Domine, Quo Vadis ?
It is widely known that Peter was not only one of the original twelve apostles of Christ, but also the first Pope of the Catholic Church, crucified upside down in 67 AD. What is much less known is how exactly he came face his martyrdom. During one of my trips to the National Gallery in London, I came across a baroque painting that attempts to illustrate the story behind his martyrdom.
The painting is based on the book “The Golden Legend”, a Catholic compendium of the lives of the saints published in the thirteenth century. Painted in 160, by the Italian artist Annibale Carraci, the work depicts the vision that Peter had of Christ as he was fleeing from Rome to avoid persecution. To put an end to Peter’s preaching, emperor Nero decided to have him crucified, prompting him to escape from Rome. As he travelled down the Appian Way, Peter had a vision of Christ travelling in the opposite direction carrying a cross.
Exasperated, Peter interjected: “Domine, Quo Vadis?”, “Lord, where are you going?” To which Christ replied that he was going to Rome to be crucified a second time. Peter at once returned to Rome to preach the Gospel and face his execution. Let us not forget that this is Peter. The same man who, for much less, had denied Christ at least three times before. Having repented, he dedicated his life to erect the early Christian church and eventually had the indomitable courage necessary to face martyrdom for the sake of his faith. Like so many other Christians, Peter was a man born again.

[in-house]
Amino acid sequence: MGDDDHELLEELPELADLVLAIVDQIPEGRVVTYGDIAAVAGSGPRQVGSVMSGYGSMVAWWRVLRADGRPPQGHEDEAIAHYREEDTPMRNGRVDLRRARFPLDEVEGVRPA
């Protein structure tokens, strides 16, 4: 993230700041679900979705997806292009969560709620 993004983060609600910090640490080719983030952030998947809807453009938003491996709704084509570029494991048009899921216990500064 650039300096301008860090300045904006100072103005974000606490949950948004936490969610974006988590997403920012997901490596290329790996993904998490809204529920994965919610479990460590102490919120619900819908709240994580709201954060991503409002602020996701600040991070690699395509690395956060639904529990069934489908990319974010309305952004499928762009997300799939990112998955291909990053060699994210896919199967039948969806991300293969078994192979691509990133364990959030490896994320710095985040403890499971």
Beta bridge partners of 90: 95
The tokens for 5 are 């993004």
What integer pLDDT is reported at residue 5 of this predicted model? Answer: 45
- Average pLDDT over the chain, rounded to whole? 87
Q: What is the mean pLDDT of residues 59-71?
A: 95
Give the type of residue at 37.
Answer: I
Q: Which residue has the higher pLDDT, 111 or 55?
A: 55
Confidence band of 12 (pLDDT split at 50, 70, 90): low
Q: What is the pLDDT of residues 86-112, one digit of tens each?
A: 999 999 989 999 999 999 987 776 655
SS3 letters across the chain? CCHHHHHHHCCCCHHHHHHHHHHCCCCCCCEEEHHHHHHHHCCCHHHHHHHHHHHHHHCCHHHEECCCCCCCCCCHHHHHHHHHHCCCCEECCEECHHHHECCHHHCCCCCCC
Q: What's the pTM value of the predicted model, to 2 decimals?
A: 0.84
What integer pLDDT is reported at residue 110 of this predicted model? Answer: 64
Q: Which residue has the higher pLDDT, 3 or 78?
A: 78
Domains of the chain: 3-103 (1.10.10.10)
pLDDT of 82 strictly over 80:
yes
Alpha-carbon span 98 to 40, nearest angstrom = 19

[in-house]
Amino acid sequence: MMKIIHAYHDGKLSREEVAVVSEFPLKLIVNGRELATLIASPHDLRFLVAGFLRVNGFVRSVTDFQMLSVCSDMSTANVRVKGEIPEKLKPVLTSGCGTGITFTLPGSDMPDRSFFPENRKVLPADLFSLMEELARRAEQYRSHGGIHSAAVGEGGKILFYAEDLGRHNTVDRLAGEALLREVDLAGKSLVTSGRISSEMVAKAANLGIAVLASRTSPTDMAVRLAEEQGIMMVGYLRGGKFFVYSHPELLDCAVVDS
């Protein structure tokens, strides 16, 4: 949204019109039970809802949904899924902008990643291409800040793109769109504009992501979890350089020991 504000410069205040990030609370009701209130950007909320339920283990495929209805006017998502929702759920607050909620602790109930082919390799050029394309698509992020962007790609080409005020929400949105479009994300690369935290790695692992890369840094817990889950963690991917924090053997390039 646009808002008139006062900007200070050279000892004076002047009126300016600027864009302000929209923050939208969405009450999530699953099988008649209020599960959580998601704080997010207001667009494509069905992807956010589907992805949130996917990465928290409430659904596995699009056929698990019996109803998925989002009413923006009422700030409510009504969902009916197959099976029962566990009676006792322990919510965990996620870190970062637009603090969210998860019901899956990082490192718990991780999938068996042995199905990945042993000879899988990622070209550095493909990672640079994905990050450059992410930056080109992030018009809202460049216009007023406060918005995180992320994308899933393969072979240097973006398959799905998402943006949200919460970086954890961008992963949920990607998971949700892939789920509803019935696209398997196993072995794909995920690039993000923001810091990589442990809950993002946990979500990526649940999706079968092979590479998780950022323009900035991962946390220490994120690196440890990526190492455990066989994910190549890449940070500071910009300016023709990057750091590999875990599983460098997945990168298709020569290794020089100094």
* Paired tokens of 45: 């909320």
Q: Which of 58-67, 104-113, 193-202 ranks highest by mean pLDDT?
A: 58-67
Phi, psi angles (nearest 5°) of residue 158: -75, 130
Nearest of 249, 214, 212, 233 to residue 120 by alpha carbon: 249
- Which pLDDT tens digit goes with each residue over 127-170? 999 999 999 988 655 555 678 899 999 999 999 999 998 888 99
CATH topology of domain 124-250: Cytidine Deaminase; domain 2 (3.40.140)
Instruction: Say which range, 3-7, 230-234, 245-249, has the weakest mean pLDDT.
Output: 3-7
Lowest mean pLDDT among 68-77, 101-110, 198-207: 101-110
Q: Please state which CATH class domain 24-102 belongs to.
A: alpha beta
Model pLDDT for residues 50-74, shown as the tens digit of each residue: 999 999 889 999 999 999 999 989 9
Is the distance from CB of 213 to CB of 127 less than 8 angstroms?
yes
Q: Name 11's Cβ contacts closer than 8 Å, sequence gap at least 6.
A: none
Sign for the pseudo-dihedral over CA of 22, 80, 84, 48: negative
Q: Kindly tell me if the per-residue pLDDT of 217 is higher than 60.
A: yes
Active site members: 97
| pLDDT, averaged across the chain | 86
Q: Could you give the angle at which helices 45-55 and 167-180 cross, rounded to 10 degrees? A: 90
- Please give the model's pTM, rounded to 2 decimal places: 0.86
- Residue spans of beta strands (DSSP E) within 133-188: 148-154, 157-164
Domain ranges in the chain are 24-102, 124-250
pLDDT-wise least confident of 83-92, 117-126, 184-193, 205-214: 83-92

This is why I decided to share this painting in celebration of Easter Sunday. In my boundless ignorance, I spent a vast portion of my life believing that Easter was more of a commercial than a religious holiday. One where we celebrated the chocolate egg industry more than anything else. I was blind and could not see. In fact, if we are brutally honest with ourselves, though our hearts never stop beating, there are times in our lives when we are dead, and desperately need to be resurrected. So let us not forget that on Easter Sunday, we celebrate the resurrection of Christ, but despite our myriad failings, we also celebrate our own, just like Peter once did.